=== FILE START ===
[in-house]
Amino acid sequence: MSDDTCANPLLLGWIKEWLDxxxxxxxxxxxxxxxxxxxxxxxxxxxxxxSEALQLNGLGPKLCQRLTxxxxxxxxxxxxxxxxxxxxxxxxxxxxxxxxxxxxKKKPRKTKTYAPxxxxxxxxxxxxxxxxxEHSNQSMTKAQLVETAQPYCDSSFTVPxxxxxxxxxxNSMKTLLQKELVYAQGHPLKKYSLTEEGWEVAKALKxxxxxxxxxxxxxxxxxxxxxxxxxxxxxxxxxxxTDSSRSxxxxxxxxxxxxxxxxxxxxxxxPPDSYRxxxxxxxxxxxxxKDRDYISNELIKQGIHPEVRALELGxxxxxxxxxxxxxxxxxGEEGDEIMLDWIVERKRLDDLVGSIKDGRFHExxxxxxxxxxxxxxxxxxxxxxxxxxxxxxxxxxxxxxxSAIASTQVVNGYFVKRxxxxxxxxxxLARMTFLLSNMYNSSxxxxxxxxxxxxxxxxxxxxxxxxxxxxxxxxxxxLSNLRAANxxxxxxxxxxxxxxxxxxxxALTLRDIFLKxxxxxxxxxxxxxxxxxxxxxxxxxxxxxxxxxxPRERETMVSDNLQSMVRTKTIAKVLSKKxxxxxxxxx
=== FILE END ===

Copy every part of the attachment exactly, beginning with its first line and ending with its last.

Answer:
[in-house]
Amino acid sequence: MSDDTCANPLLLGWIKEWLDxxxxxxxxxxxxxxxxxxxxxxxxxxxxxxSEALQLNGLGPKLCQRLTxxxxxxxxxxxxxxxxxxxxxxxxxxxxxxxxxxxxKKKPRKTKTYAPxxxxxxxxxxxxxxxxxEHSNQSMTKAQLVETAQPYCDSSFTVPxxxxxxxxxxNSMKTLLQKELVYAQGHPLKKYSLTEEGWEVAKALKxxxxxxxxxxxxxxxxxxxxxxxxxxxxxxxxxxxTDSSRSxxxxxxxxxxxxxxxxxxxxxxxPPDSYRxxxxxxxxxxxxxKDRDYISNELIKQGIHPEVRALELGxxxxxxxxxxxxxxxxxGEEGDEIMLDWIVERKRLDDLVGSIKDGRFHExxxxxxxxxxxxxxxxxxxxxxxxxxxxxxxxxxxxxxxSAIASTQVVNGYFVKRxxxxxxxxxxLARMTFLLSNMYNSSxxxxxxxxxxxxxxxxxxxxxxxxxxxxxxxxxxxLSNLRAANxxxxxxxxxxxxxxxxxxxxALTLRDIFLKxxxxxxxxxxxxxxxxxxxxxxxxxxxxxxxxxxPRERETMVSDNLQSMVRTKTIAKVLSKKxxxxxxxxx